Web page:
2. People just cannot be satisfied! Ten yrs ago internet on everyday affordable phones wuz unheard of. I admit, there are some frustratin flaws, bt give them tym. Don’t u think that, even for their own sakes, they’d want to provide the best service?

  3. @reckless; two things (sorry for late reply, too)

    1) pIE is pretty crappy, but
    2) Facebook are to blame for the submit button not working.

    I have very few problems with submit buttons on other sites. I haven’t investigated this, but I suspect the issue is that they are using an image for the submit button, which on a mobile site is a pretty flaky idea anyway.

    What they really ought to have done is implement the button as a normal submit button, and then sugar-coat that with CSS. On browsers where CSS support is sufficient, then you get the pretty button. On browsers where the CSS support is less than brilliant (I’m looking at you again, pIE!), at least the damn thing will still work as a button.

    And Jordy is right, there are more appalling mobile sites out there than FB mobile, but given the size of the userbase, any flak that can be thrown ought to stick, at least in part.

    I’m sure we will see an increase in focus on accessibility and usability in mobile devices before long, in any case. I for one shall be on it!

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  5. @NikLP

    I agree with the IE problem, but I wonder who’s fault it is, Facebook or Microsoft.
    Past experience generally makes me blame M$ for everything, so I now use Opera for Windows mobile. It has tabbed browing for a start, and I’ve had no problems with any website I’ve been to.

    Try it out!

  6. I complete agree with this post in its spirit and general lessons, but I completely disagree with Facebook being used as the example of what NOT to do.

    Facebook Mobile is not a standalone site but is an extension of the online experience. Its target audience is clearly people who already have Facebook accounts on the web and it is optimized for those users. If the goal of Facebook’s mobile site was to drive new user registrations, then I agree with the problems you raised. But it’s not.

    Out of all the crappy mobile sites out there, I think you just happened to pick the wrong one to illustrate your points.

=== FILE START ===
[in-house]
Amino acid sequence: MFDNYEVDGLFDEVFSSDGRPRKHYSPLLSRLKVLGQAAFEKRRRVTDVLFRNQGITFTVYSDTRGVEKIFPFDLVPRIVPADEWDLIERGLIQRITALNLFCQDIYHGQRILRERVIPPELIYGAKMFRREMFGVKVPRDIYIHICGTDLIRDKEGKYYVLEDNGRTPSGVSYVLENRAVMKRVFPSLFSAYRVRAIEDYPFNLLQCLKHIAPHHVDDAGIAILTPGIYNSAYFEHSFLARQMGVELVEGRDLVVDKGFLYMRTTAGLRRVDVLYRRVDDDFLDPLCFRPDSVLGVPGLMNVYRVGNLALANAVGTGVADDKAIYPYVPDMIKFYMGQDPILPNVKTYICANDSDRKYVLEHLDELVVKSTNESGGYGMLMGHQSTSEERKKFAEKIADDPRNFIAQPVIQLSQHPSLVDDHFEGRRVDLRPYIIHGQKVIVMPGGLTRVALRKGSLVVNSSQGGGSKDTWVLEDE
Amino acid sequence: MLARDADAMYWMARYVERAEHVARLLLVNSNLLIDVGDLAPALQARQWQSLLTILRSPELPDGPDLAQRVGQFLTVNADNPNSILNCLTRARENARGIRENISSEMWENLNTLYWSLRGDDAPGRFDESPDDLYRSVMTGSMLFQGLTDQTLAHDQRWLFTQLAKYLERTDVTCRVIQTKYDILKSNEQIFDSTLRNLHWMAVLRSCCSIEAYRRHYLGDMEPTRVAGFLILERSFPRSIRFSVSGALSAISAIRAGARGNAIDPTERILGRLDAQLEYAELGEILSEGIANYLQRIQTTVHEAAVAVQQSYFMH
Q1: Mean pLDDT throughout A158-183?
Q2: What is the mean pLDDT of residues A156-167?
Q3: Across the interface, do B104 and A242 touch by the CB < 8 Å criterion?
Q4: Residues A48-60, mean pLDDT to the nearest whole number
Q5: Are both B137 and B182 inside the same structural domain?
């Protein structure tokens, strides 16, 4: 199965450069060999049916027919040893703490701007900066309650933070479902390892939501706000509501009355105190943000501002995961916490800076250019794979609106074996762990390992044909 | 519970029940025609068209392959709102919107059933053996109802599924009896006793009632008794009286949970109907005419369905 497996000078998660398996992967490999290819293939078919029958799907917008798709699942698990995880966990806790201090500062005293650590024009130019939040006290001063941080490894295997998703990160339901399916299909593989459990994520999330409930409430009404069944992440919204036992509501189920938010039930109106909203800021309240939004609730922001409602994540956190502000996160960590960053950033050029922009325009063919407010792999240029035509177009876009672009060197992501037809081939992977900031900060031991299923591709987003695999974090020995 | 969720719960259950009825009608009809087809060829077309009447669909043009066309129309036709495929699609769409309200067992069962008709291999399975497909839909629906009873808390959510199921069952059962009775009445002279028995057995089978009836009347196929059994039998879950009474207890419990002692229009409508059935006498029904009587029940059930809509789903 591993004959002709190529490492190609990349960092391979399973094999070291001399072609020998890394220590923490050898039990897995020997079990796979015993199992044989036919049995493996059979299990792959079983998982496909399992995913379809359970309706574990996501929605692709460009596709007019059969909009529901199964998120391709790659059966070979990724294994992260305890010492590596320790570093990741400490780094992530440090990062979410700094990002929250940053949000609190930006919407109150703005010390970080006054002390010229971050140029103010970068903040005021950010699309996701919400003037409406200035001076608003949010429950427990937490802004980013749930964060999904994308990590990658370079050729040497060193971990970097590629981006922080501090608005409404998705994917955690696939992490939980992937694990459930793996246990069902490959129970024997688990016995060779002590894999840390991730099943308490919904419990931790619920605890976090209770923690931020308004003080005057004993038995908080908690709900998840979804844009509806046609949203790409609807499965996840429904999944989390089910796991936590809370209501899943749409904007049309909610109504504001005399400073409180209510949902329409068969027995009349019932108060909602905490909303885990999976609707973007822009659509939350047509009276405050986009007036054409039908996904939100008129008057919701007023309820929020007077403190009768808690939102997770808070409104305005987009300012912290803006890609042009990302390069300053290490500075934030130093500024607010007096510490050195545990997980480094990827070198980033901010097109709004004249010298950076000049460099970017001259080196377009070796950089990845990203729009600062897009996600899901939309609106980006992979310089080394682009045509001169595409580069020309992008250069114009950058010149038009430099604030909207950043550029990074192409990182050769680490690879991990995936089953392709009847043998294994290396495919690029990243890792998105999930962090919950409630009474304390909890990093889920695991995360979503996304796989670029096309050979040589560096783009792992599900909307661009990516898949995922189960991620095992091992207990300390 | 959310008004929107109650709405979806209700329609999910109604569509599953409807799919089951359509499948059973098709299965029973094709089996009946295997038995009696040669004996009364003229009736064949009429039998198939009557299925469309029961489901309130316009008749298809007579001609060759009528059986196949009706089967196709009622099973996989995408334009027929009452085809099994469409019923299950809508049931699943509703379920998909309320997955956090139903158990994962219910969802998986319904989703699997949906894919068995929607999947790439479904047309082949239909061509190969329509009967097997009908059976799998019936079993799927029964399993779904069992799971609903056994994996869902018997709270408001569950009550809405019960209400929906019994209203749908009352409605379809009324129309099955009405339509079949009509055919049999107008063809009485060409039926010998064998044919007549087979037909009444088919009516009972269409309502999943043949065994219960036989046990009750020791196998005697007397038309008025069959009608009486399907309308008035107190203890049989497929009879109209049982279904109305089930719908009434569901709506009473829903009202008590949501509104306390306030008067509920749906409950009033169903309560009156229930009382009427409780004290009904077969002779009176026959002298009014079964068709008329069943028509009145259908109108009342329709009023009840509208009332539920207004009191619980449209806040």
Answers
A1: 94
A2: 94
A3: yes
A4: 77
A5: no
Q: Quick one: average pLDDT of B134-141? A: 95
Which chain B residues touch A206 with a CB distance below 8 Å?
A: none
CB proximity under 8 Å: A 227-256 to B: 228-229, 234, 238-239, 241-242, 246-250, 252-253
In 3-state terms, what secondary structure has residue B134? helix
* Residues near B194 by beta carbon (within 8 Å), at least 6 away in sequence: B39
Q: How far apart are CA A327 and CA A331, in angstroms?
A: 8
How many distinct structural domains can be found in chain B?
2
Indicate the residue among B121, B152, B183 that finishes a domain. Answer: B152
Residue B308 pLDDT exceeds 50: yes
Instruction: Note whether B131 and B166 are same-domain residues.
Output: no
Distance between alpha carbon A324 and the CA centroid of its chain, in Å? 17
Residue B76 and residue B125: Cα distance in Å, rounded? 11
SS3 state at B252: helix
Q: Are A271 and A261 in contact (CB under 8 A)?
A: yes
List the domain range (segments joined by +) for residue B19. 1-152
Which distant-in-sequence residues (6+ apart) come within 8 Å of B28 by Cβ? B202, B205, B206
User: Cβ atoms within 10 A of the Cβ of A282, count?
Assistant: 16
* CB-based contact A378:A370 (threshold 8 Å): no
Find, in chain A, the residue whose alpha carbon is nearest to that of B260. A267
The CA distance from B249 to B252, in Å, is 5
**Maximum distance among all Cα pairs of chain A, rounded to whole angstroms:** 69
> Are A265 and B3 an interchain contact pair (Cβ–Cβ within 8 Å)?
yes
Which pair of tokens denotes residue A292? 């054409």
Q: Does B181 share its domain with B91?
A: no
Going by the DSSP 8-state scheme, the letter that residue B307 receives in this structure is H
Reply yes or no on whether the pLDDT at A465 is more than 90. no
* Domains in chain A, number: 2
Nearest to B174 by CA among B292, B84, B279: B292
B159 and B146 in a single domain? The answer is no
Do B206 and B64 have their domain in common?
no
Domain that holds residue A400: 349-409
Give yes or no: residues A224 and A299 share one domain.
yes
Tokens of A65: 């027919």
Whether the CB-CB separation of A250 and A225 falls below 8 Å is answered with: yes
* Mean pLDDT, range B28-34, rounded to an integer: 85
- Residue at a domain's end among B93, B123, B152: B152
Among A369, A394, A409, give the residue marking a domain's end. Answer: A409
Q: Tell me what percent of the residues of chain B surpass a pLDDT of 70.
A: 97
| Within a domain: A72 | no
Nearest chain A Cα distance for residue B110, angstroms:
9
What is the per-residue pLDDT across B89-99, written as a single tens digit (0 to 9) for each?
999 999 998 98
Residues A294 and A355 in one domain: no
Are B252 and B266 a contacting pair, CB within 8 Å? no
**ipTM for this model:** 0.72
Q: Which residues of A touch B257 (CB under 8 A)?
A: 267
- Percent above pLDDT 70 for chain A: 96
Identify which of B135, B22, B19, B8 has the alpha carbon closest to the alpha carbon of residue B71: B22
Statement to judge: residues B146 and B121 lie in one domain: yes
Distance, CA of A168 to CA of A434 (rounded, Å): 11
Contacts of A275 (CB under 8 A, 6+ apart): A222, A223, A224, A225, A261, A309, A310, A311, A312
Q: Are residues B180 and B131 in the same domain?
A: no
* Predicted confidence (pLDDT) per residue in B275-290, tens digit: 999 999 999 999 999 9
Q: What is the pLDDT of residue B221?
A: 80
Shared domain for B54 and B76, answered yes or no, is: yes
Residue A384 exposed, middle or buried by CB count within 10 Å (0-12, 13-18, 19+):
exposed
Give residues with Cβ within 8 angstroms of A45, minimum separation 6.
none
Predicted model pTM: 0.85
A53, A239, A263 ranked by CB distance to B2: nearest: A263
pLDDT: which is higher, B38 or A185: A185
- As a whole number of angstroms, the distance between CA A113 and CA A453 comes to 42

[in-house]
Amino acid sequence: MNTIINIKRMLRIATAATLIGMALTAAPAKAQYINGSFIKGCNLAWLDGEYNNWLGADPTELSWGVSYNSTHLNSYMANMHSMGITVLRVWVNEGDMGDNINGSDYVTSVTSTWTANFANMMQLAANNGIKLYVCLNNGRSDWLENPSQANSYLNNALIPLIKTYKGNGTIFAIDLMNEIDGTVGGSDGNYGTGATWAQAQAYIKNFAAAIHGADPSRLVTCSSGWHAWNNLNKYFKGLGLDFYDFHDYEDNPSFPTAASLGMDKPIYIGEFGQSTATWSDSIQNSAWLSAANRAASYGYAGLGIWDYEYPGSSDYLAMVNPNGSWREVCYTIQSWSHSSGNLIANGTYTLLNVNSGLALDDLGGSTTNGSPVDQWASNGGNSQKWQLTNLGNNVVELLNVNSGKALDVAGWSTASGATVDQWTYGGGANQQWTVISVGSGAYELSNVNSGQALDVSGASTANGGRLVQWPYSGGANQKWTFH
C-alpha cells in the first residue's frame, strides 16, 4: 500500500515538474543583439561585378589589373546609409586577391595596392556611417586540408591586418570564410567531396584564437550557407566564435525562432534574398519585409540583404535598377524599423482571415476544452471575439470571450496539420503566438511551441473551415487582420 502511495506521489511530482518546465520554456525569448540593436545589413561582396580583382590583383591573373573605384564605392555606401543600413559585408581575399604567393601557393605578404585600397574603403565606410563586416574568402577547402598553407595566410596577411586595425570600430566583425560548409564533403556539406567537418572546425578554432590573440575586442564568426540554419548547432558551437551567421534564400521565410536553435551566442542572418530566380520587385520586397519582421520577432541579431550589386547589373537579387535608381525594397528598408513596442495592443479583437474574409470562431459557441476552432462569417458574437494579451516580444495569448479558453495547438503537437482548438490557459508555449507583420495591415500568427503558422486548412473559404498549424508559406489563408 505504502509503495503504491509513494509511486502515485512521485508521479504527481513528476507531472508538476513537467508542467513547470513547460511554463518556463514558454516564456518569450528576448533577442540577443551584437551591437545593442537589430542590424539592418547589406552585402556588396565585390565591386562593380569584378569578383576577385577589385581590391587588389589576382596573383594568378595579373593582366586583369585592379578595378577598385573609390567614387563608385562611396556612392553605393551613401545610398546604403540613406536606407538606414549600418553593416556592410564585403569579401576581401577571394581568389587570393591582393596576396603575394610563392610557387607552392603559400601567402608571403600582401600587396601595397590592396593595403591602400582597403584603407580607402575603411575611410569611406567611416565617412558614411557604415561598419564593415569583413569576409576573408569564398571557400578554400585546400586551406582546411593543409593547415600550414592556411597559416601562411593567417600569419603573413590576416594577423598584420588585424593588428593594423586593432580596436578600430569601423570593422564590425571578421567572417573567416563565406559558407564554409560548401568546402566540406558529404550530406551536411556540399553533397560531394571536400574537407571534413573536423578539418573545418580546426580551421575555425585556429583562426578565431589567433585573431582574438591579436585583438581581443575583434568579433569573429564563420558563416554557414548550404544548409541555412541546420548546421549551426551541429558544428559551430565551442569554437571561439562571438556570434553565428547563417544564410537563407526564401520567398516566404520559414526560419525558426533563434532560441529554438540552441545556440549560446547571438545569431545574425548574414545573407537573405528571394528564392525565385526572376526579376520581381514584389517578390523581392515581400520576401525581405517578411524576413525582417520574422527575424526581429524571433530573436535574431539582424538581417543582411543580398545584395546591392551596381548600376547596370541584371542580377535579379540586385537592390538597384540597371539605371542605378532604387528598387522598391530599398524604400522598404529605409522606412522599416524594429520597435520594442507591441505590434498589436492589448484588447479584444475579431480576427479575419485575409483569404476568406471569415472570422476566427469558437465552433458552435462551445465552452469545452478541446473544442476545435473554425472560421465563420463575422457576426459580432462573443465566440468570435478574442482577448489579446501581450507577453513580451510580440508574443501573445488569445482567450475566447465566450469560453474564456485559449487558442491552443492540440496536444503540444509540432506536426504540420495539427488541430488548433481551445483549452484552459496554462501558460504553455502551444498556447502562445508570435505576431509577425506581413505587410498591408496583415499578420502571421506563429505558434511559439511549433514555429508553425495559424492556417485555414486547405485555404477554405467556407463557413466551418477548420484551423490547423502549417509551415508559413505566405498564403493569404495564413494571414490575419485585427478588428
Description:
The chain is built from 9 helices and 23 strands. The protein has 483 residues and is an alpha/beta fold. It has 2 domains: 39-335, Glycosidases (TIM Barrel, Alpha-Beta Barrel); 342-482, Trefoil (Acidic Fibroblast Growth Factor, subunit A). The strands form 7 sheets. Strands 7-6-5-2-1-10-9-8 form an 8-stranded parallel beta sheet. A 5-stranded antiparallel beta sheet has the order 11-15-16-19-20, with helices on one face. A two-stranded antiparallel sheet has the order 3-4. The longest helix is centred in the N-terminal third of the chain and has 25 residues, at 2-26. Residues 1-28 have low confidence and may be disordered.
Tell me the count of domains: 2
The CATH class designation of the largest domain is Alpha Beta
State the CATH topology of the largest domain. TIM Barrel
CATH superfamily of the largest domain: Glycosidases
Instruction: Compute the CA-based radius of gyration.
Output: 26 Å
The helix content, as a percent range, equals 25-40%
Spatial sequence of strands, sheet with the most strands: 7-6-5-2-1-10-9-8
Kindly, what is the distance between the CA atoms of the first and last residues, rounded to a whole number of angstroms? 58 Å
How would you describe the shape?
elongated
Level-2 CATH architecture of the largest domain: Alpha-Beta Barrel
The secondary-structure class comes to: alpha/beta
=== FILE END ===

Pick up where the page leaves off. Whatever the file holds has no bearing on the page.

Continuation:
7. Further to the Facebook comments above; regardless of their crappy mobile interface, I have a Windows Mobile device (which incidentally has done everything the iPhone does for absolutely years). On WinMo devices (specifically in pIE), even when you use the PC interface of Facebook, you can’t login – the submit button on the login form doesn’t work.

    That is just plain rude.

  8. I disagree Facebook is an exception to the very good mobile rules listed by Dennis above.

    I do agree with the rule applying to using the email address to login to Facebook, but the cookie duration seems to be long enough that this is only an occasional problem.

    Facebook is a PC based site and the mobile version is purely an extension of that experience allowing the user to “check” their Facebook account on the go. It is not supposed to be Facebook on the mobile…

    For point 1.
    I’m not sure allowing people to register for Facebook via mobile is a good idea, Facebook is really a PC application and the first time a user engages the application it should be on a PC especially for something as critical as registration.

    For point 3.
    What would you do on Facebook mobile aside from accessing your own account?

    I’m sure Facebook will venture deeper into the mobile social networking space but the end product will look very different from what it currently is.

    Currently I for one am extremely impressed with Facebook mobile and find it to be the best mobile internet user experience I’ve had to date,


  9. This is a really nice article and I’m really interested in following up this series. Any change of you enabling the RSS feed for this category?

  10. Shocking, and in full agreement here. My absolute number 1 pet hate is someone not designing cross-platform content for the web.

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  12. I strongly agree. Mobile Facebook is frustratingly un-useful until these things are fixed. Don’t expect them to fix #6, though; login is not persistent on the desktop site either.